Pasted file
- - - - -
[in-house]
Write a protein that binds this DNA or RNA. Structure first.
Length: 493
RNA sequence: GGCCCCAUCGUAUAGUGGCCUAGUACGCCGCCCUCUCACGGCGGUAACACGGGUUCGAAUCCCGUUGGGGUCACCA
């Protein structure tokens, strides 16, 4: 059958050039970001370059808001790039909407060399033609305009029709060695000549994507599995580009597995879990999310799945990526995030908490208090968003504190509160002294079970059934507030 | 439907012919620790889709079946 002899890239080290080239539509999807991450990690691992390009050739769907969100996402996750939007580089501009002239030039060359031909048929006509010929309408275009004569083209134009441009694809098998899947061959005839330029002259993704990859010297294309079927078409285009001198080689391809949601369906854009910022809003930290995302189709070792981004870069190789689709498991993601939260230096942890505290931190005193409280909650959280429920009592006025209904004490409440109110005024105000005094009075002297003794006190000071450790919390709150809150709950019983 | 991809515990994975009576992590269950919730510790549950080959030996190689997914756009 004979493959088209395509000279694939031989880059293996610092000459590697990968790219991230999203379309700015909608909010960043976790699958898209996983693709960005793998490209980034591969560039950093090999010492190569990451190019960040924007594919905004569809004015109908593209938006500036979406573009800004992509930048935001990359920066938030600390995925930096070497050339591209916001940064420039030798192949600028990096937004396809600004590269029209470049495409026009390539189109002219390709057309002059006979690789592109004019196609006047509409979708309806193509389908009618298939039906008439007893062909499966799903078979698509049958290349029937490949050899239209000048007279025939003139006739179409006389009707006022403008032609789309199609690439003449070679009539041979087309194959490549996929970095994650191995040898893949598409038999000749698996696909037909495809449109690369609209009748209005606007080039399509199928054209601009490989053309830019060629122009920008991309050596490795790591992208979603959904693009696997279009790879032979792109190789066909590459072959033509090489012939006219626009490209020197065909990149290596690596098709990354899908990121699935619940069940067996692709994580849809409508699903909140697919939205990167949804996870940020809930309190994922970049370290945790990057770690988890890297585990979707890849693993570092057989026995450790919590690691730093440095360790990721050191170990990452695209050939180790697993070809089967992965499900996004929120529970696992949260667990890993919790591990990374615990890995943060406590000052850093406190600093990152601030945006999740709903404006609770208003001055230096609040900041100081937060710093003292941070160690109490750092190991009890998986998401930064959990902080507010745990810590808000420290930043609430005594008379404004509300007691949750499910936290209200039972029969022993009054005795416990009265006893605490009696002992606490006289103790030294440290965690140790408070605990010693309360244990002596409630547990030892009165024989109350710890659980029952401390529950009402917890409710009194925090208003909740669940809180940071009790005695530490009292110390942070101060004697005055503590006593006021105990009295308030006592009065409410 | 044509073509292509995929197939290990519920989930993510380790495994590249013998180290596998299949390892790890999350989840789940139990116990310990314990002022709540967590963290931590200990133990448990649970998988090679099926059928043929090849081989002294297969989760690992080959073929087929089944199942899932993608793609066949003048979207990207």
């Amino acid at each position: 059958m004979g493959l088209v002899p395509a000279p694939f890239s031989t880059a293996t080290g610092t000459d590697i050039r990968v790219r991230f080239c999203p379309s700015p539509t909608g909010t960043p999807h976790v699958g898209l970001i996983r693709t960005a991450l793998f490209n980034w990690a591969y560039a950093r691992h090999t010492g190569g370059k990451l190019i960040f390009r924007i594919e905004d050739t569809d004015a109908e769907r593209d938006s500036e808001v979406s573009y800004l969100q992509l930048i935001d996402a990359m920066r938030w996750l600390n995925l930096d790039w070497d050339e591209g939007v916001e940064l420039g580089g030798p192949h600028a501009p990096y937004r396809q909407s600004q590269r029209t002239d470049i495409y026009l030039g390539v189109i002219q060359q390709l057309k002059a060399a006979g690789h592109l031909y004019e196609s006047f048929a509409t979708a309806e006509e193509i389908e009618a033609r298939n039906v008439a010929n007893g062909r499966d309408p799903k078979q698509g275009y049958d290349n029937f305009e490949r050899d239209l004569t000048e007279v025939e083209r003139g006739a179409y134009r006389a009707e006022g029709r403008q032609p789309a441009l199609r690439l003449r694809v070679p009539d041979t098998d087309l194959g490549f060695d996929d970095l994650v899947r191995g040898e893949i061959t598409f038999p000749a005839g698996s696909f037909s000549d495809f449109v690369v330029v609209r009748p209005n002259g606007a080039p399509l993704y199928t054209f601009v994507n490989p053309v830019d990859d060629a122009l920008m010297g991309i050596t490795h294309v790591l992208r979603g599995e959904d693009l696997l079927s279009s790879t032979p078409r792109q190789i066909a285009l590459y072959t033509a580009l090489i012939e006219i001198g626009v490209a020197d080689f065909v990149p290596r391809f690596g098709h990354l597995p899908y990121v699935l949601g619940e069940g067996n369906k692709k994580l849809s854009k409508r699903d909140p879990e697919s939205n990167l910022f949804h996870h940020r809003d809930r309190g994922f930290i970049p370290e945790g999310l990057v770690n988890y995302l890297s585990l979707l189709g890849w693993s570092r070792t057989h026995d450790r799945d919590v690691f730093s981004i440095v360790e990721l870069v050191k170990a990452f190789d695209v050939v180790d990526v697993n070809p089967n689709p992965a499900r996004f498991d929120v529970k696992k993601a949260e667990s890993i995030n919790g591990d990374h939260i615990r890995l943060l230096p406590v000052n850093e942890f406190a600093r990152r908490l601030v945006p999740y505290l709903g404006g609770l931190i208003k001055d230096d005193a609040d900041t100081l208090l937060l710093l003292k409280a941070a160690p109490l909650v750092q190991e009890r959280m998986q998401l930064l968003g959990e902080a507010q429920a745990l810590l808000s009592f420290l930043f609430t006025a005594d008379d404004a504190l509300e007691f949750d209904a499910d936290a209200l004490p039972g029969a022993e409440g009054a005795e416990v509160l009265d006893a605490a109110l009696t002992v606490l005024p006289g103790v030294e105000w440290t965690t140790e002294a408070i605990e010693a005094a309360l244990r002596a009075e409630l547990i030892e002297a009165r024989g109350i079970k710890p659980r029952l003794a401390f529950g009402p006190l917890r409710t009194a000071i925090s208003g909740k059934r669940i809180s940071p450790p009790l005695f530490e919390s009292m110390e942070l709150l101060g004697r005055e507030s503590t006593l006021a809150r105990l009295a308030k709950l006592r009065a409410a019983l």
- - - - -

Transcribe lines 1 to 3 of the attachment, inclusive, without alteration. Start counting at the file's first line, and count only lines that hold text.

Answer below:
[in-house]
Write a protein that binds this DNA or RNA. Structure first.
Length: 493